Hippo Campus | 7th St. Entry | Saturday, November 29
"What did somebody tweet at us today?" Hippo Campus singer/guitarist Jake Luppen polls his bandmates. Luppen, guitarist Nathan Stocker, bassist Zach Sutton, and drummer Whistler Allen are draped in winter garb and gathered around a table at Kopplin's in St. Paul. The collective goal at the moment is getting warmed up and caffeinated ASAP.
No one responds, so he quickly answers himself. "'Hippo Campus makes me want to do ratchet things on a rooftop.' That's the feeling I want people to feel."
The tweet in question actually reads: "your songs make me want to do hoodrat things on train tracks and on rooftops. i feel like i could take over the world." Close enough, and perhaps true enough. Within the Woodbury-based indie rock instigators' Bashful Creatures EP -- featuring The Jungle Book hooks alongside The Bad News Bears mischief in lyrical form -- lurks the unadulterated core of youth.
Produced by Low's Alan Sparhawk at Pachyderm Studio in Cannon Falls, the EP was recorded live, with each reverb-rich positive jam played 15 to 20 times in a row. At one point, Sparhawk instructed the group to play one again, except this time like they were the coolest guys in town.
Now they're discovering what a career based upon being cool might actually look like. After a few choice opening slots for national acts and well-attended outdoor shows this past year, Hippo Campus were justly named the second-best new Minnesota music act in 2014's Picked to Click poll -- narrowly behind their St. Paul buddy Allan Kingdom.
The name Hippo Campus came from an unusual brainstorm session. Stocker, already a fan of Arizona post-rockers Lymbyc Systym, was in psychology class reading about the hippocampus -- the seahorse-shaped part of our brain's frontal lobe used for converting short-term memory to long-term, as well as for spatial navigation -- and the word's double entendre potential proved irresistible.
Formed from the pieces of two rival St. Paul Conservatory for Performing Artists groups, the band launched with a Grand Old Day gig in the summer of 2013 that they'd rather not remember, and further gelled in their practice space at Sutton's Woodbury home. (It's not far from the golf course where they filmed a Wes Anderson-meets-Weekend at Bernie's promo video for their EP as their alter egos Beans, Espo, Stitches, and Turntan.)
"The neighbors hate us," Sutton assures. "We practice at 3 a.m."
Hippo Campus rehearse in a circle in a workout room that has been updated with red lamps to help set the mood. When not placating/antagonizing the neighbors with classic rock medleys, they hone an aesthetic based upon reverberating harmonies, cerebral chord progressions, Allen's ever-present rhythm, and, yes, being a teenager. We get older, but the emoji-fied exuberance of their single "Little Grace" stays the same age.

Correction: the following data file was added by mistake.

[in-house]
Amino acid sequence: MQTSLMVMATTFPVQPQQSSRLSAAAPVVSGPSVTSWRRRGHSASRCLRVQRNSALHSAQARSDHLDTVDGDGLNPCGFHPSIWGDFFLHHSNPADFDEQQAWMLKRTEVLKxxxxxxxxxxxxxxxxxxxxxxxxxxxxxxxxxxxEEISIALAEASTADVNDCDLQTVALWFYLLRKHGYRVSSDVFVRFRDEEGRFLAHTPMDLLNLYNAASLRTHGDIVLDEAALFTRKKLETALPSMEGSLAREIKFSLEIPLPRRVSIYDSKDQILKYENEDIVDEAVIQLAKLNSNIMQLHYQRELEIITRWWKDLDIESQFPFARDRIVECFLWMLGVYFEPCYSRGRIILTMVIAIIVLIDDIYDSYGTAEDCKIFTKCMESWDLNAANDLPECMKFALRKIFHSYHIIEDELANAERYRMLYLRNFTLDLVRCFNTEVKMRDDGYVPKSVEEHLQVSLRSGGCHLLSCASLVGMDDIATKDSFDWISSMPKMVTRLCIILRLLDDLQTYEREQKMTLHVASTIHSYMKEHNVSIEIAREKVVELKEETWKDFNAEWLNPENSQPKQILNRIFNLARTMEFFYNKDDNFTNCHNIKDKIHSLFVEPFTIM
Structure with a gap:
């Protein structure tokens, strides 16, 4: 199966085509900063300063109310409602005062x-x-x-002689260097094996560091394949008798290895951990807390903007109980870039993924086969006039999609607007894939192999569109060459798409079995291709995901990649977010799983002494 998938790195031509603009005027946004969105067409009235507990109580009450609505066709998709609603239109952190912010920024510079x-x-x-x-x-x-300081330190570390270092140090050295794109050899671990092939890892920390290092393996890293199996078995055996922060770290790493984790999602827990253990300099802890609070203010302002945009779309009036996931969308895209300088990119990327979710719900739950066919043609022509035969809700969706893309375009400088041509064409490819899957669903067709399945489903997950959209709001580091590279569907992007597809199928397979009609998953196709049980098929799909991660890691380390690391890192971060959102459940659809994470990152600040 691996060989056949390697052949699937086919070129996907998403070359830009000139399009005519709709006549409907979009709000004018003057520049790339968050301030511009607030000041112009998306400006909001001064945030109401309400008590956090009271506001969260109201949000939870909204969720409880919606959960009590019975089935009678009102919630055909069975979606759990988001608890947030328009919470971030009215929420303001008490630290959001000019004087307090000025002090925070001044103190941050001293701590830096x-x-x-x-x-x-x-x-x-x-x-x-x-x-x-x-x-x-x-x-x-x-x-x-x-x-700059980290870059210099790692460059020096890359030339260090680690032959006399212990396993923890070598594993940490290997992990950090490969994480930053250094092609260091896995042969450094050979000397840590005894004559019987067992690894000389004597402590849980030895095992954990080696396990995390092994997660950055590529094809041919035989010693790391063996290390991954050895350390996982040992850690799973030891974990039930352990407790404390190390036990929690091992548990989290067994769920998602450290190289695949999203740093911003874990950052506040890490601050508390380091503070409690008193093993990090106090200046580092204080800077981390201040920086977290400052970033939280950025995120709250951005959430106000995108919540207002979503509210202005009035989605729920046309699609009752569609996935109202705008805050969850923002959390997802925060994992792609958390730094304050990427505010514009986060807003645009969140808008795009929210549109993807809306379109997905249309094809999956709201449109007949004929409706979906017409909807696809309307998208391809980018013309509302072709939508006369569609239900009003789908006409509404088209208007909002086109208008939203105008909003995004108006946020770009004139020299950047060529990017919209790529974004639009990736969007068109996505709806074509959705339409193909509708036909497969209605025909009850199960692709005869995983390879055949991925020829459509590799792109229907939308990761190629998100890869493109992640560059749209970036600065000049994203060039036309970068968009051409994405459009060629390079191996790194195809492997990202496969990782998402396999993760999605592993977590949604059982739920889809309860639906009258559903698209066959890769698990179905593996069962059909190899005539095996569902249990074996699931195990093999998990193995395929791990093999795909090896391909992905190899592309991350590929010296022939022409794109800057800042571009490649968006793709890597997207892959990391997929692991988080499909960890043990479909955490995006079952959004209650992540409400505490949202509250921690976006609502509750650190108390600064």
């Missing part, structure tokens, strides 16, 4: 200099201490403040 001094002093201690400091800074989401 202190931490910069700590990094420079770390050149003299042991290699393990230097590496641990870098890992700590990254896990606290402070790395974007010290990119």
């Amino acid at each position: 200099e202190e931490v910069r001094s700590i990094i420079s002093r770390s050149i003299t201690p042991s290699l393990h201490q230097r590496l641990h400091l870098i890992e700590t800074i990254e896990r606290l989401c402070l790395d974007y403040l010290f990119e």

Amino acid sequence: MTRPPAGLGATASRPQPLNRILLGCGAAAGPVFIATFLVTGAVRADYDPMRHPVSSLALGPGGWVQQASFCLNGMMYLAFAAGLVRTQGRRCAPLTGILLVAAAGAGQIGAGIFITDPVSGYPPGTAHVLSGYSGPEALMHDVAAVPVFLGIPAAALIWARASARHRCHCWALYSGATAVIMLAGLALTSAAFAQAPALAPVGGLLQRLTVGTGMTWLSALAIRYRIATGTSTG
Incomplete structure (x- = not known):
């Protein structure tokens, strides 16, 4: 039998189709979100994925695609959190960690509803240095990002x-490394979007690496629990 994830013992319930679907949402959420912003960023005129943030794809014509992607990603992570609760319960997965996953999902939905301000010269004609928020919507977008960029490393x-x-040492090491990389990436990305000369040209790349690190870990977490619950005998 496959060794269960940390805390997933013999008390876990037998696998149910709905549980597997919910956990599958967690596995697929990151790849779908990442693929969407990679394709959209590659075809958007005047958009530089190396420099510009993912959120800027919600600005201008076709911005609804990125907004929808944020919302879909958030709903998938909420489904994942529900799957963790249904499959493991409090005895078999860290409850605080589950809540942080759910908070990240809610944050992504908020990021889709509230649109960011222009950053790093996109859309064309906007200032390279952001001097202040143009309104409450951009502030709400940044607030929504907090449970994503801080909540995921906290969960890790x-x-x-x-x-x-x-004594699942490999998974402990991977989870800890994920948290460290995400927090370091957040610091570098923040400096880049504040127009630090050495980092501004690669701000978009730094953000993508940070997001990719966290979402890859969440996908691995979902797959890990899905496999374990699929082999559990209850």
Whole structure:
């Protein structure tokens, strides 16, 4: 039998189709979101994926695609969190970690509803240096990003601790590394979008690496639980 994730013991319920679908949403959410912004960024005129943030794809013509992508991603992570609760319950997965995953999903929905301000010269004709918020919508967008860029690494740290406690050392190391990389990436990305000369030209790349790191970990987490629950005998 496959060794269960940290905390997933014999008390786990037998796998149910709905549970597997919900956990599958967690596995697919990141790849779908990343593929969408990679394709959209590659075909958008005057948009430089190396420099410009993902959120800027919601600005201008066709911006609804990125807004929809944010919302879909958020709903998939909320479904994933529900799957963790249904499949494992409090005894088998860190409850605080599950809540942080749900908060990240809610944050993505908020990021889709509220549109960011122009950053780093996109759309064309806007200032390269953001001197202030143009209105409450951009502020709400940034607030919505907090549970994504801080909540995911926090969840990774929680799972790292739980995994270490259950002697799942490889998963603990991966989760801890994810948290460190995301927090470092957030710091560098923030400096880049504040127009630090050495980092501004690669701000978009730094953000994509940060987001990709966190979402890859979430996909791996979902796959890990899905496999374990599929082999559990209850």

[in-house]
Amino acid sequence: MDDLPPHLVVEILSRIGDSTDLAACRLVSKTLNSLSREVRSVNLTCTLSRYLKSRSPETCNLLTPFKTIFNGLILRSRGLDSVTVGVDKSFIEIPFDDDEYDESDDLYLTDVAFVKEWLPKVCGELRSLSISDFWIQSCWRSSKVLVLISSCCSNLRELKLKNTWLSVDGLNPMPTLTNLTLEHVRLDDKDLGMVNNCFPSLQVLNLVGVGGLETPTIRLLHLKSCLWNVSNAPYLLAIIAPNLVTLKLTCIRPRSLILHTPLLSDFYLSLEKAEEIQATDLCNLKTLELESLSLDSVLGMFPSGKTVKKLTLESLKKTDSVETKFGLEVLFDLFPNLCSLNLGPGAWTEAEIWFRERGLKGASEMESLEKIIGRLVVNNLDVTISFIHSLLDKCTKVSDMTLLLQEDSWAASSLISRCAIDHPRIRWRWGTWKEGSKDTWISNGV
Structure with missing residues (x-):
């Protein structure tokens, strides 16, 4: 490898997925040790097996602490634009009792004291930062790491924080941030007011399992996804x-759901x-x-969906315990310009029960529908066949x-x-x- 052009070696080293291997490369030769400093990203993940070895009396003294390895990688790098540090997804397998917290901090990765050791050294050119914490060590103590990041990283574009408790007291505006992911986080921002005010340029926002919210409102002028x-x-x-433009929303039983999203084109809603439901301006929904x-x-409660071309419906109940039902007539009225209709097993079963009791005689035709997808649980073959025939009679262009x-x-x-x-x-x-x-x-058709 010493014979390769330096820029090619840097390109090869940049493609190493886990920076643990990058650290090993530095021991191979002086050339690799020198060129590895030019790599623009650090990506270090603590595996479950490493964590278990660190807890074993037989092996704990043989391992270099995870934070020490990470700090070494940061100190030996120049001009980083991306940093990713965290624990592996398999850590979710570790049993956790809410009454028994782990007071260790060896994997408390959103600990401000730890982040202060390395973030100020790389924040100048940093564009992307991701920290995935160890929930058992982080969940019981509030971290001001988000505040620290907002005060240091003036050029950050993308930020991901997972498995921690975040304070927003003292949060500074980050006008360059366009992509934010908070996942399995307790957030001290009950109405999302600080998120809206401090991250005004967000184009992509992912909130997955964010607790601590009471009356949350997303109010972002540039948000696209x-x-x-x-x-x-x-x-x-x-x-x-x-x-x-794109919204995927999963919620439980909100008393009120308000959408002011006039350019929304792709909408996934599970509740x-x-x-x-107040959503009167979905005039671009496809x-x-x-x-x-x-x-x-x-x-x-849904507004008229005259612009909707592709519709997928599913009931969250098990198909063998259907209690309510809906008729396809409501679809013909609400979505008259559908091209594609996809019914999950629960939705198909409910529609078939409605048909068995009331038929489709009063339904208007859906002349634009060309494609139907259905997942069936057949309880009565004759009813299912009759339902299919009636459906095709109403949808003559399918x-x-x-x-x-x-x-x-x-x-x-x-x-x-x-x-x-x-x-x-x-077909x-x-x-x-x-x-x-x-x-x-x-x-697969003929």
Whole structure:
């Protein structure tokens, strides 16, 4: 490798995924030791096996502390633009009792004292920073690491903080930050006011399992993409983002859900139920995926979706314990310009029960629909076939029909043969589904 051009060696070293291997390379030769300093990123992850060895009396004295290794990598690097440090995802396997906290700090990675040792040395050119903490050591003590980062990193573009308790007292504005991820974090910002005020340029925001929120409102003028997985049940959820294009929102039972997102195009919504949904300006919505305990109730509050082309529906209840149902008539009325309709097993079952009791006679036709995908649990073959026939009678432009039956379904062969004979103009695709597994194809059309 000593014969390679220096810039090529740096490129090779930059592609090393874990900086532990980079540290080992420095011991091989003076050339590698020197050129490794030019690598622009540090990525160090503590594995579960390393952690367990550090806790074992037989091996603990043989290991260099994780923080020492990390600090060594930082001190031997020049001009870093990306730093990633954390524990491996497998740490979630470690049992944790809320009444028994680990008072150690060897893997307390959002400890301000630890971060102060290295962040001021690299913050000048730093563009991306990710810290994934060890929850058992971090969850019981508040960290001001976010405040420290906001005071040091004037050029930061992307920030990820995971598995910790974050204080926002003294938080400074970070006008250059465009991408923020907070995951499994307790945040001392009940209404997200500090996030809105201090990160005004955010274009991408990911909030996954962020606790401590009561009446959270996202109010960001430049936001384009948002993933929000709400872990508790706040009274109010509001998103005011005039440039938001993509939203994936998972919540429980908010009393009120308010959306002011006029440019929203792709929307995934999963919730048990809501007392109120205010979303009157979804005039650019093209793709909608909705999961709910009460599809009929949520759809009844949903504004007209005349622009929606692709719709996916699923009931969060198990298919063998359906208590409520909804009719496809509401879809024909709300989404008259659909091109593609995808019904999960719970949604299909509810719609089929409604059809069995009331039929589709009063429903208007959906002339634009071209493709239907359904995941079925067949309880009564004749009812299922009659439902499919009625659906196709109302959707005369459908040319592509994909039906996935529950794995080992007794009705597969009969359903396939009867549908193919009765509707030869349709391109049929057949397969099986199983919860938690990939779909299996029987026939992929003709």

"Whenever I play that song, I get a large amount of nostalgia for high school," Luppen admits. The group explains that "Little Grace" -- already a favorite on 89.3 the Current -- is a loose culmination of their adventures alongside pretentious "art school girls" at SPCPA. "It's like for three minutes I can be in that mindset again."
That high school mindset is just barely in the rearview. Both of Luppen's hands are marked with a big black X from the previous night's Stars show at First Avenue, and Stocker will become the first of the group able to buy beer legally next July.[page]
Another EP highlight, "Souls," is comparatively mature -- like a Polaroid party pic being used as a bookmark in a hard-bound copy of Faust. Its expertly timed handclaps and call-and-response vocals figure to be extremely provocative during future live outings, based upon the maelstroms of bodies witnessed at past Hippo Campus events.
Even as larger college-aged audiences, booking agents, management, and a van to drive to South by Southwest come into focus, too many serious questions prove tiresome. As the stimulant properties of the table's beverages take effect, this interview speeds up and veers wildly off course.
Smart phones emerge, and the new order of business is a video of Luppen eating a piece of cornbread almost as big as his head. Sutton opens up a private SoundCloud account and plays a disorienting song from a secret rap side project. Stocker jots an illegible band name on a napkin and hands it over like it's a coveted industry tip. Hippo Campus are still young enough not to worry about what acting their age is supposed to mean, but already talented and wise enough to preserve those fleeting sensations as songs.
"All songwriting is based upon the past, anyhow," says Stocker. "The more potent the experiences are in the past, the easier it is to write a song. Writing about the present is boring. We haven't had time to distort it yet."
HIPPO CAMPUS play a Bashful Creatures EP release show with Allan Kingdom on Saturday, November 29, at 7th St. Entry; 612-332-1775
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